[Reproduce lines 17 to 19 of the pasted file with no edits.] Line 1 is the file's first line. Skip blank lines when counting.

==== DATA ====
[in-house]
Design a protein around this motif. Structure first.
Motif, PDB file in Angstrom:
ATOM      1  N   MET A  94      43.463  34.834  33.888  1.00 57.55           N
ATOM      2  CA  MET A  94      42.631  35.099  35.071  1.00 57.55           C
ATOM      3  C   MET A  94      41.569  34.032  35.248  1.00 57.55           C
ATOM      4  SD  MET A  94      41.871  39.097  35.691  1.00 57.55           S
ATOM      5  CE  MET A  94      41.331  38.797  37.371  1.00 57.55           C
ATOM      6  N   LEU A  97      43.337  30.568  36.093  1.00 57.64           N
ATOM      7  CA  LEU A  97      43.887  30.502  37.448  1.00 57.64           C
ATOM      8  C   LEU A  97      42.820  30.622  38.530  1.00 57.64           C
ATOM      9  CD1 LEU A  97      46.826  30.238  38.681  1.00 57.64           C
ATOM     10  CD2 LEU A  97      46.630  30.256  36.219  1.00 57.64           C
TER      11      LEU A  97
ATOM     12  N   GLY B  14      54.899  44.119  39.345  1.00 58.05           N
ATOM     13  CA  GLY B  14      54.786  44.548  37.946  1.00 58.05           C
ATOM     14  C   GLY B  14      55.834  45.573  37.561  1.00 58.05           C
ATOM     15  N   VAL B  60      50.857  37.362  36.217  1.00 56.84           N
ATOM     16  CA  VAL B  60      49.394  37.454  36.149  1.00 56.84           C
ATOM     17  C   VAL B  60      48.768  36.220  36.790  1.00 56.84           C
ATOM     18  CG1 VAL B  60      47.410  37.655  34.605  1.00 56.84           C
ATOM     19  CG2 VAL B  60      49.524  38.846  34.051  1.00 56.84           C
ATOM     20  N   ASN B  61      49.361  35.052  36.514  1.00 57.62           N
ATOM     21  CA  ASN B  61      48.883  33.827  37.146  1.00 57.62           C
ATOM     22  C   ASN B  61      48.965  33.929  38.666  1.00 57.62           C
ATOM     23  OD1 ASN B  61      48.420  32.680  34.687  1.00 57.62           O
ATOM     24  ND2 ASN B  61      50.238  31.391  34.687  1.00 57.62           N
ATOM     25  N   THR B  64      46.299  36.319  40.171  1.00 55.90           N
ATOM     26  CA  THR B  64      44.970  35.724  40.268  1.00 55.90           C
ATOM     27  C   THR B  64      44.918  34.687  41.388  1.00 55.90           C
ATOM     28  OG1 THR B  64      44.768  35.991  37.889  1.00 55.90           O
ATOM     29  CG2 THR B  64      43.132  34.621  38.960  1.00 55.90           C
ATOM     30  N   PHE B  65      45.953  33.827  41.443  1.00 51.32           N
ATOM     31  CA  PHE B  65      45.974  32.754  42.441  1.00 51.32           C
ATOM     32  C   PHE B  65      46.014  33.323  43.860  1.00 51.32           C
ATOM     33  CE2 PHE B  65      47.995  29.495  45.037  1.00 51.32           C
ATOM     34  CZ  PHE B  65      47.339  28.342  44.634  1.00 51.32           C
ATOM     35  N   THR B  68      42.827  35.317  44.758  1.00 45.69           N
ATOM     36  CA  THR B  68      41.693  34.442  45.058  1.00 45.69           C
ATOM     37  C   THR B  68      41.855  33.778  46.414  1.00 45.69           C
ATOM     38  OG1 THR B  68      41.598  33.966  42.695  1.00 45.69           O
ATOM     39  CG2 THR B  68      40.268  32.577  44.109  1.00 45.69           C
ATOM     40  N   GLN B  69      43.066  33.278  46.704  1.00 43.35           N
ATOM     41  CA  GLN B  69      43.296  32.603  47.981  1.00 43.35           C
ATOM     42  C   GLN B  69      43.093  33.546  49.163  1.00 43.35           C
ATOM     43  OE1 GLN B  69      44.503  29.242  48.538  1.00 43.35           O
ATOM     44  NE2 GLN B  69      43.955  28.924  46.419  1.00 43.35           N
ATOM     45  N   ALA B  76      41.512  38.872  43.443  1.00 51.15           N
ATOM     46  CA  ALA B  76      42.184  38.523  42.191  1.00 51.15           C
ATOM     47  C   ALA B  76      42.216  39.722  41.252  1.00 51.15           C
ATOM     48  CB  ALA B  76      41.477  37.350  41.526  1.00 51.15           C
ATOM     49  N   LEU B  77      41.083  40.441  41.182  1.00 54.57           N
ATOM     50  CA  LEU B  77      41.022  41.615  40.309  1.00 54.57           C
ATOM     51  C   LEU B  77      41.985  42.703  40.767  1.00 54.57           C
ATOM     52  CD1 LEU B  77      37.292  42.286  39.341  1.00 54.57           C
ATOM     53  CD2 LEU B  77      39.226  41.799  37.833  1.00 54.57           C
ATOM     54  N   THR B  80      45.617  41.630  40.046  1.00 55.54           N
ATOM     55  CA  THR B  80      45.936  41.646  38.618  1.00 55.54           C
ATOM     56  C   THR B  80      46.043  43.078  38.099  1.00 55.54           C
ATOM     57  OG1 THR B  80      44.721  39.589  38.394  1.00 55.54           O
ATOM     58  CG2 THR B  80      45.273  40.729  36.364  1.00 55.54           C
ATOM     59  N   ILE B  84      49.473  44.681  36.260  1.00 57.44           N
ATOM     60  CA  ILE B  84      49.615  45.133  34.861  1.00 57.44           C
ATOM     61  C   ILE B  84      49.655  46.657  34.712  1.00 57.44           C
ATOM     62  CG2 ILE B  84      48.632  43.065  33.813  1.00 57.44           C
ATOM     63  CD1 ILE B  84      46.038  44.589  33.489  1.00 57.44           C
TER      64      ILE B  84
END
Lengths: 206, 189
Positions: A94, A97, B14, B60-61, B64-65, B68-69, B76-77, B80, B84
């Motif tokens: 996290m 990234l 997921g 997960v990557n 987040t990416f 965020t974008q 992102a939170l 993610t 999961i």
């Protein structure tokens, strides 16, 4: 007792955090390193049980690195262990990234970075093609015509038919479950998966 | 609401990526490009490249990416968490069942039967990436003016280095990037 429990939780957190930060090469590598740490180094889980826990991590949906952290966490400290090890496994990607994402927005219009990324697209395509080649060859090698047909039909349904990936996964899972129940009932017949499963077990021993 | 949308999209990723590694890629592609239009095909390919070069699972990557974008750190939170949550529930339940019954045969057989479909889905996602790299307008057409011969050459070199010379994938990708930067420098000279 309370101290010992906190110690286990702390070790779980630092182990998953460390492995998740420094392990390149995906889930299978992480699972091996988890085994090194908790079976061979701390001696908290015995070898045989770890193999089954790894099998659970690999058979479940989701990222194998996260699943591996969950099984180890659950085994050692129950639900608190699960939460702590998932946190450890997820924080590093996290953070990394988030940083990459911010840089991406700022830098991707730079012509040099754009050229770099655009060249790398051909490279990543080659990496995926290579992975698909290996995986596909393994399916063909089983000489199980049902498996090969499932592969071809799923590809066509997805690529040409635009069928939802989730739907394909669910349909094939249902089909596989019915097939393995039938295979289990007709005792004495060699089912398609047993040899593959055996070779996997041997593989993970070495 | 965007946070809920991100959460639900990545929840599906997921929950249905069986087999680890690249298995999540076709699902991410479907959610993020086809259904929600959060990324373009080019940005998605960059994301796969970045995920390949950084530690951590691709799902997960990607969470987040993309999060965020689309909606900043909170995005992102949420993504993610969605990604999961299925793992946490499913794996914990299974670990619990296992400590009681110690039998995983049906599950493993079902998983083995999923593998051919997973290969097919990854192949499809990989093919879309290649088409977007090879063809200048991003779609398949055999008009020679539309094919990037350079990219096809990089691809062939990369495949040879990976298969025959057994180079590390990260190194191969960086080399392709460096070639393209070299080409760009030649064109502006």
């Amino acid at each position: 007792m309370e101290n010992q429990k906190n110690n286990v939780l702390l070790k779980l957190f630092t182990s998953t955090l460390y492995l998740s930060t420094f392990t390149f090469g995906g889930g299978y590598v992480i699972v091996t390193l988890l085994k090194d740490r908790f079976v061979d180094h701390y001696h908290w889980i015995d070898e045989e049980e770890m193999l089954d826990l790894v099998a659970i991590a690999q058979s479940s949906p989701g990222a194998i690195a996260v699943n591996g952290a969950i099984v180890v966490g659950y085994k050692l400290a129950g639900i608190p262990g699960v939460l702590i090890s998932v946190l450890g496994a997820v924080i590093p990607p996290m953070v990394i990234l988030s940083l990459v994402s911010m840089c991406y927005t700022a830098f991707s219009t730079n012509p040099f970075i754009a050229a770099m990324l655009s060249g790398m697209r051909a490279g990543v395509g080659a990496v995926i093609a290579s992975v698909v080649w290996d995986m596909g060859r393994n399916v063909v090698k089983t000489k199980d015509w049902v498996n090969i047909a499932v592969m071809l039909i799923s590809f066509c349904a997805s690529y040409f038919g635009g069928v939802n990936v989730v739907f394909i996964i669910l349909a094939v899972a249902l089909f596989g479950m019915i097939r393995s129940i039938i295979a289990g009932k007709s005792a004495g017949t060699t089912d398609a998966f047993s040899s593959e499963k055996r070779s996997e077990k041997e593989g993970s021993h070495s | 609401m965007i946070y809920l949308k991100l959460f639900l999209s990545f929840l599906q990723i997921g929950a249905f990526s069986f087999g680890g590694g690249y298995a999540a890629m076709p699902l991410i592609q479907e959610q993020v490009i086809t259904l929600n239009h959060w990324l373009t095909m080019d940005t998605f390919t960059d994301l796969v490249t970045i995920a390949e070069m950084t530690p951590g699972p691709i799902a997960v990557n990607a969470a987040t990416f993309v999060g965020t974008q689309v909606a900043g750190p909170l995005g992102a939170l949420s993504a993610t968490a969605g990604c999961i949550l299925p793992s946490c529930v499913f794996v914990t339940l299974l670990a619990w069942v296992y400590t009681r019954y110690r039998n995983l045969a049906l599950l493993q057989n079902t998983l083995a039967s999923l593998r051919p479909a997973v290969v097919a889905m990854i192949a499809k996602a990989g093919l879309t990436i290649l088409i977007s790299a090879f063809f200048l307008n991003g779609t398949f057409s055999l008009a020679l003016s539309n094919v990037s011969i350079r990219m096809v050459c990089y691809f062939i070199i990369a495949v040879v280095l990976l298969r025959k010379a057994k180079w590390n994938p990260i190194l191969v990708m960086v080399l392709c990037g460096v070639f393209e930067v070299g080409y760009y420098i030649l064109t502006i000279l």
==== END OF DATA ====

ATOM     14  C   GLY B  14      55.834  45.573  37.561  1.00 58.05           C
ATOM     15  N   VAL B  60      50.857  37.362  36.217  1.00 56.84           N
ATOM     16  CA  VAL B  60      49.394  37.454  36.149  1.00 56.84           C